department store

Department Stores

Industry Insight

Date January 2018

Approximate net recovery on cost

Synopsis

Current trends

  • 2017 Holiday (November/December) Comp Sales Trends:
    • Bon Ton -2.9%
    • JCPenney +3.4%
    • Kohl’s +6.9%
    • Macy’s +1.1%
    • Nordstrom +1.2%
    • Stage Stores +1.1%

 

Projected Values

 

Change in Retail Sales

 

Change in Same Store Sales

 

Change in Store Count 

 

Online continues challenge to Brick & Mortar: Online sales, led by retail king Amazon, continued to outpace retail sales in 2017. For the first three quarters of 2017, Amazon’s net sales were up 23, 25, and 34 percent, respectively, over 2016. In contrast, the department stores segment has had a tough year. Sears announced in early January that it would close another 103 stores including both Sears (64) and K-Mart (39) concepts. Despite favorable same store sales for the holiday period of November/December (+1.1), Macy’s also announced that it would close eleven stores, four of which had been previously disclosed. Per data supplied by Creditntell, most economists expect 2018 GDP growth of 2 to 2.2 percent. However department stores are expected to underperform relative to the rest of retail. Four contributing factors drove the decline, including decreased mall traffic, a slow supply chain, the shift in consumer preference away from apparel, and a decrease in foreign tourist spending.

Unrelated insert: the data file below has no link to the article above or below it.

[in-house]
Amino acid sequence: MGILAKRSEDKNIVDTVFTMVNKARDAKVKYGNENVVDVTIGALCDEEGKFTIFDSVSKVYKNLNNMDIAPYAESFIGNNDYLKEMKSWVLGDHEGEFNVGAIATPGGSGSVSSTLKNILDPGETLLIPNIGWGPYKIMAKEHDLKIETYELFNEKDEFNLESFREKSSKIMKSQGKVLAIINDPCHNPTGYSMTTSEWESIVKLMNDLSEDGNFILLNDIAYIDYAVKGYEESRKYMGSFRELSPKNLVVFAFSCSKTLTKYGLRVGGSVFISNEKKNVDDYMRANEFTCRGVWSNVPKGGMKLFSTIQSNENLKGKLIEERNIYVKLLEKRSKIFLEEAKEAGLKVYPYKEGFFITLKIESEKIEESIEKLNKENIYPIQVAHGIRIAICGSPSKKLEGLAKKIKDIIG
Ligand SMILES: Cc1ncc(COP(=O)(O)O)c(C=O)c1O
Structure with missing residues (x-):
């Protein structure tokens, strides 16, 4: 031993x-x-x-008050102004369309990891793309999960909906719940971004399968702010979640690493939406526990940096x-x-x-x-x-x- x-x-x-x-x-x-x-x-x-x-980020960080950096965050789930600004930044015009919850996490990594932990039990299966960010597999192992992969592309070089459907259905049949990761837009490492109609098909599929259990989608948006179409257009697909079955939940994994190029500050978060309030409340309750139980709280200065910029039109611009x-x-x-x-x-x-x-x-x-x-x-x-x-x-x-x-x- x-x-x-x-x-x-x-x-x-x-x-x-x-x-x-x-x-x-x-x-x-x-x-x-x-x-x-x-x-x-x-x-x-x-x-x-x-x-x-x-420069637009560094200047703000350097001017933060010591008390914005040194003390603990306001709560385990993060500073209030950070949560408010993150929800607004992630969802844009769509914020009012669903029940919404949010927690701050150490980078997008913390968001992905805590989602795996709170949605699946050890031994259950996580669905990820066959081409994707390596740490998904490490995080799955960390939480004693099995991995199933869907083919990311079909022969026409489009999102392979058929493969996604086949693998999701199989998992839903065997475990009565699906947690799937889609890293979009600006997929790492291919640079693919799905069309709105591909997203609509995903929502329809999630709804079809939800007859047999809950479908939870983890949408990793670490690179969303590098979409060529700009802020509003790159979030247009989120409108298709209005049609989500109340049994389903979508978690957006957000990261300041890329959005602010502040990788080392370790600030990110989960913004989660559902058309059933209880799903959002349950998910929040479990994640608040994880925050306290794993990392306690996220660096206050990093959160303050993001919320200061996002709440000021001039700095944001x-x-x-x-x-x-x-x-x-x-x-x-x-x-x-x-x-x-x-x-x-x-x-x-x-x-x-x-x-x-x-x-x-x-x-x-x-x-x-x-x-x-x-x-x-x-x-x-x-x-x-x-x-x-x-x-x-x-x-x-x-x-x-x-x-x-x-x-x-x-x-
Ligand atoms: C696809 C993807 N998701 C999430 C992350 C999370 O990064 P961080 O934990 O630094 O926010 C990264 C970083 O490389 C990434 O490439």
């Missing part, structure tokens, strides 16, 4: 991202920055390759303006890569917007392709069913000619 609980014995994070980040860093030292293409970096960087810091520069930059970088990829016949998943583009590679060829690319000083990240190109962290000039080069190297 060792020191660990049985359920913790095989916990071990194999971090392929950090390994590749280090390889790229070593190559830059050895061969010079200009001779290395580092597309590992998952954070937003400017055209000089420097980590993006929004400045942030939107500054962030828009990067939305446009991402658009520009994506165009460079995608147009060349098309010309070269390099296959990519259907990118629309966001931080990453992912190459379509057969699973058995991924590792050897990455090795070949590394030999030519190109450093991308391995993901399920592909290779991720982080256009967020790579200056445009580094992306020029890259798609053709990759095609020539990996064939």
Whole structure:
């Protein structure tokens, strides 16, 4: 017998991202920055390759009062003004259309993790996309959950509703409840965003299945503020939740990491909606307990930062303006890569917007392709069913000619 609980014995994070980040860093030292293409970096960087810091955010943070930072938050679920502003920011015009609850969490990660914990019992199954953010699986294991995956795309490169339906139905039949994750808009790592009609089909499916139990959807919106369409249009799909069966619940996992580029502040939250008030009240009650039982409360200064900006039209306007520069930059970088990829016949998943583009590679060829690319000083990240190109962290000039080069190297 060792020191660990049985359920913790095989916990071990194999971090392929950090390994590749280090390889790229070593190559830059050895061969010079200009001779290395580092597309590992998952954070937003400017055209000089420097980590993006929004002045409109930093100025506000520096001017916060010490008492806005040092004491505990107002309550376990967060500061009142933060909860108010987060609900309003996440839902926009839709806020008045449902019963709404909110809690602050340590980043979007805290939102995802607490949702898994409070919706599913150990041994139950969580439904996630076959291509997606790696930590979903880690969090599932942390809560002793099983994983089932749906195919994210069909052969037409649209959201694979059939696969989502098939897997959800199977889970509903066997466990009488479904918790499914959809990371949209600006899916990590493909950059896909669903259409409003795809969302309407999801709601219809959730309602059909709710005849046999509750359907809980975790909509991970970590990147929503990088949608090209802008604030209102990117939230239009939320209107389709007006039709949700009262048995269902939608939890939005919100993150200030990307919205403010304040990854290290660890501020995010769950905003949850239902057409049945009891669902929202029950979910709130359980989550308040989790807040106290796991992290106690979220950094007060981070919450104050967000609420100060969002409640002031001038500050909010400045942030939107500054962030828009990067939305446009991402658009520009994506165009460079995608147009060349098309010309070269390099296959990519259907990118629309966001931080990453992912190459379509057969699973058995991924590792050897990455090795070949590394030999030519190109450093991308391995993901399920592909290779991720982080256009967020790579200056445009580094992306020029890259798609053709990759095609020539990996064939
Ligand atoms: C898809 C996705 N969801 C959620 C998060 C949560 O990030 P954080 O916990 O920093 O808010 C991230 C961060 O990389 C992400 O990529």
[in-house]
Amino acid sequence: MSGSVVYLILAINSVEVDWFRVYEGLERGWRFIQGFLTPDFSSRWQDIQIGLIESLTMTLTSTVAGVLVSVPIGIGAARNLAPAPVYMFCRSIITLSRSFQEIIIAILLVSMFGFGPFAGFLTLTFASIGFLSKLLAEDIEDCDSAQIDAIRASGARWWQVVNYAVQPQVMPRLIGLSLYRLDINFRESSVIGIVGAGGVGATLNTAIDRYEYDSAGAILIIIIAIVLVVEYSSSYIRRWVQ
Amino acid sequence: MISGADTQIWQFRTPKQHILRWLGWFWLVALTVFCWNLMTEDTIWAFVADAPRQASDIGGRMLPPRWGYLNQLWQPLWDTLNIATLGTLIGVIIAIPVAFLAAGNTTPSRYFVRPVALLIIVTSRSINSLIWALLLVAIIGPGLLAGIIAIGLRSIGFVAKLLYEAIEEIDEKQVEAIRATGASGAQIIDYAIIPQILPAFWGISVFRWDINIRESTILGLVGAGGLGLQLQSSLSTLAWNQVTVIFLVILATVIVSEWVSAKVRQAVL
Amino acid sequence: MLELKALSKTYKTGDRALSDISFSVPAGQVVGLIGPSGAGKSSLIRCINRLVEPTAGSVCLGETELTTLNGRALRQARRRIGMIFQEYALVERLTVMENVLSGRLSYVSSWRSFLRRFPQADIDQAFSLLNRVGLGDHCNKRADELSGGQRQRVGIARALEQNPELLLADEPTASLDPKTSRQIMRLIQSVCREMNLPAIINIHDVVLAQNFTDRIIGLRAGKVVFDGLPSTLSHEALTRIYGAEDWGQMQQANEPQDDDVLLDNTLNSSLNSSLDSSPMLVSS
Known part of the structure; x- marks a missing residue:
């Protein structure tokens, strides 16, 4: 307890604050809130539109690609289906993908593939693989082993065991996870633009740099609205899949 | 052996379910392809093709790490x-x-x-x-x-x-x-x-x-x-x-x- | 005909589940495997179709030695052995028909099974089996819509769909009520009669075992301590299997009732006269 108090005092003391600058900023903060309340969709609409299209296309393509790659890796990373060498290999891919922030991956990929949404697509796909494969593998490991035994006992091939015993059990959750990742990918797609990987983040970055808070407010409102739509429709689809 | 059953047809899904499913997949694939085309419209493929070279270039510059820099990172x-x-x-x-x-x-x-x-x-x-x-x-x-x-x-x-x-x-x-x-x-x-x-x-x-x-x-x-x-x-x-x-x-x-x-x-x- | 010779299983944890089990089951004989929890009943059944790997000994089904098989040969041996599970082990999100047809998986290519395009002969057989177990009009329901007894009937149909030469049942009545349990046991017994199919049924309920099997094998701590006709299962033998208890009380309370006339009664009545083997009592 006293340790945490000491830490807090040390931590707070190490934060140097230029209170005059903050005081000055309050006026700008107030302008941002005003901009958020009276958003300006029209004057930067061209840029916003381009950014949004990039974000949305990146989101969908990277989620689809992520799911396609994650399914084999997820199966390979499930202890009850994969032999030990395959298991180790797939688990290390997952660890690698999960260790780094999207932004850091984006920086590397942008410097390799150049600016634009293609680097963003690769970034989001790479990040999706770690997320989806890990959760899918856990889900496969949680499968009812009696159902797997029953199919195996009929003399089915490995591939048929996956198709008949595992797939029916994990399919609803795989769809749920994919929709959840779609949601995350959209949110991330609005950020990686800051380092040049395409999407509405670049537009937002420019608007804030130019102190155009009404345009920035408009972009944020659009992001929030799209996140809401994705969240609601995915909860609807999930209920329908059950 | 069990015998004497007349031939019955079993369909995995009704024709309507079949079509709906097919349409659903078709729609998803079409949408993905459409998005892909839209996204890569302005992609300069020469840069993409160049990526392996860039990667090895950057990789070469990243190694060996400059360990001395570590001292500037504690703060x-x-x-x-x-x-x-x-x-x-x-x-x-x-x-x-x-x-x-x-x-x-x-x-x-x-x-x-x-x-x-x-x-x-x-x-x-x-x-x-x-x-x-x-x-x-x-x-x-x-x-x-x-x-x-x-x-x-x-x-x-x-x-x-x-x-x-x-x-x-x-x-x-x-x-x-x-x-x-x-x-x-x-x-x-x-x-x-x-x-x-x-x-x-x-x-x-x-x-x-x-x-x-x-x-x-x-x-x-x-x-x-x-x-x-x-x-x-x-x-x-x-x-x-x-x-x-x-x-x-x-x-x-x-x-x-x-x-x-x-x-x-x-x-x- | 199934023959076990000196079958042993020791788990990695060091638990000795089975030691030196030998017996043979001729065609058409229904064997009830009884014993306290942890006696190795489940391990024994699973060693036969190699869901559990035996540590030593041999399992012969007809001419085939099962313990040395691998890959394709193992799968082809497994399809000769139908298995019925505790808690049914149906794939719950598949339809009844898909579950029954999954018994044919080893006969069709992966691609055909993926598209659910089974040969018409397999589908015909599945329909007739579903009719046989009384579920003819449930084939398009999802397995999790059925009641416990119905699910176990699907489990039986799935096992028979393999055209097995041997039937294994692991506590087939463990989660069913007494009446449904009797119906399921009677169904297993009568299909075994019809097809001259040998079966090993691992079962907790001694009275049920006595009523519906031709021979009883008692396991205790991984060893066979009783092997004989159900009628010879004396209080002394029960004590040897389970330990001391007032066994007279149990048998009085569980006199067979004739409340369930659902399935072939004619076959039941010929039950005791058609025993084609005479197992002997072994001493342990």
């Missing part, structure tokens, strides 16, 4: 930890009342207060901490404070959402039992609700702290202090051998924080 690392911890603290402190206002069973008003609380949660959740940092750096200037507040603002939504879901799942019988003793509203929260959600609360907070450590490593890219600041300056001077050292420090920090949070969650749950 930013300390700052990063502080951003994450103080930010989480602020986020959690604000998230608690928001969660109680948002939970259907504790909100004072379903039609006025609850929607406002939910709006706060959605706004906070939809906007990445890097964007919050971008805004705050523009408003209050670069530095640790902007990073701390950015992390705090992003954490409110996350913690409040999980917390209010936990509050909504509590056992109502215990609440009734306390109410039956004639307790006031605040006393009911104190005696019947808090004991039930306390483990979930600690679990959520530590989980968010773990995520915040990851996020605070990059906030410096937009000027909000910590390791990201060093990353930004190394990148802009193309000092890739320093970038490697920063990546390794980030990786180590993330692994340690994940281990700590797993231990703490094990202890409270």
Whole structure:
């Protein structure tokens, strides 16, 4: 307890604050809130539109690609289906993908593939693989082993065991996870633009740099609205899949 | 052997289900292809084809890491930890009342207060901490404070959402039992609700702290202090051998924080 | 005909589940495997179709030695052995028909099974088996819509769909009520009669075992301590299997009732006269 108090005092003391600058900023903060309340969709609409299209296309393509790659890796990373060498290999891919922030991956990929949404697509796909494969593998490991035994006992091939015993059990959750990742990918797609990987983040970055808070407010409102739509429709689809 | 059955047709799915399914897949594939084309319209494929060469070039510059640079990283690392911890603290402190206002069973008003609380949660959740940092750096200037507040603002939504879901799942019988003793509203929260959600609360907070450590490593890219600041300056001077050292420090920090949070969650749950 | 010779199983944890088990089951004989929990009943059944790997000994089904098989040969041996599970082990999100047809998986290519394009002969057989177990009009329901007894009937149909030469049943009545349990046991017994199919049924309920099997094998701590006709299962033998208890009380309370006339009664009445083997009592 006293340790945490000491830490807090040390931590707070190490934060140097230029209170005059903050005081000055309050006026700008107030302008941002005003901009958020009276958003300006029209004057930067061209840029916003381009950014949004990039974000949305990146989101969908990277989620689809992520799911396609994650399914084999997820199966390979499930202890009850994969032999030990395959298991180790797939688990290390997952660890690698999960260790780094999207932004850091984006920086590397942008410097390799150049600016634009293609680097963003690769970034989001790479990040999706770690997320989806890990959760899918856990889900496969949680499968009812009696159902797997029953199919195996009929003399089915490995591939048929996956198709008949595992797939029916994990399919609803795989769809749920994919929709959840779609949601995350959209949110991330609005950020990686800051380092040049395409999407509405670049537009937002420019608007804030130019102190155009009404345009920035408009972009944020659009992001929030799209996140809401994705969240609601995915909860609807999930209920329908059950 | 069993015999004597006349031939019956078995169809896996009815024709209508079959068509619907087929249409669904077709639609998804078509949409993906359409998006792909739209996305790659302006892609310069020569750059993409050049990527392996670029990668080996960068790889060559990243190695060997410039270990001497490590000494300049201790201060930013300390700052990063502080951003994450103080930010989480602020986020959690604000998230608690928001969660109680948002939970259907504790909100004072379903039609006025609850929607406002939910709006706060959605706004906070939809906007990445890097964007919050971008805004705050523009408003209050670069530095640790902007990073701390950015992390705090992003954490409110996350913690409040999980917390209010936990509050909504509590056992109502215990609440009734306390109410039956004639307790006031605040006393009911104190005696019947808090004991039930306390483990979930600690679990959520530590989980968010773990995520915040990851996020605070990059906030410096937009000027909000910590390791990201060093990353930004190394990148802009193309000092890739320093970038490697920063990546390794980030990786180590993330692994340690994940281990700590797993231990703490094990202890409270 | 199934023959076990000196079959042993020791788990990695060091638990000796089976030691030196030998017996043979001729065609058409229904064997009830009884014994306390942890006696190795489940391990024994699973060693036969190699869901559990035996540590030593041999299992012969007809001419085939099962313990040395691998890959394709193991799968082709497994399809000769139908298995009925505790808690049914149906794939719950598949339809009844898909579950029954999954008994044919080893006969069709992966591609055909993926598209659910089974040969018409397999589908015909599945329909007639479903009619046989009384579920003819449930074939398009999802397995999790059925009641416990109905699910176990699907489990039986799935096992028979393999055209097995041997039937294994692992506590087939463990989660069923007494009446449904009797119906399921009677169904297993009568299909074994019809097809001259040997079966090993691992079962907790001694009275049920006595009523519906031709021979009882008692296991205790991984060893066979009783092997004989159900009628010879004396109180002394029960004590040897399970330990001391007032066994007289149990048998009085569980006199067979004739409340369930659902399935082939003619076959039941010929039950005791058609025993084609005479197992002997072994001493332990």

Growing logistics infrastructure and innovation in its delivery business ensure that the online channel will continue to be a driver of change for traditional brick and mortar. To compete, department stores must find ways to integrate brick-and-mortar and online channels, while strategically moving out of locations that no longer work.
 

Over the next five years the percentage of services conducted online will continue to increase. In addition to apparel and accessories, IBISWorld notes that the rising data capacity of the internet will open up new online services to the mainstream, such as cloud data storage as opposed to storage on a personal hard drive. In addition, video streaming services will continue growing in popularity as the average internet speed increases. The online channel is unlikely to plateau in the near future. It’s expected that younger generations will continue to demand that more services be available via the internet even as they grow older.
 

As e-commerce continues to grow in popularity and accessibility, understanding the percentage of total revenue that online sales represent is important for omni-channel retailers. Successful businesses must continually analyze the cost-to-revenue relationship associated with running their online channel. Understanding these costs is also a key component of an inventory appraisal where the online channel is considered as part of the appraisal sales capacity. For retailers with a growing online component, working with an appraiser with experience in the segment helps lenders understand the impact that utilizing this channel can have on net orderly liquidation values.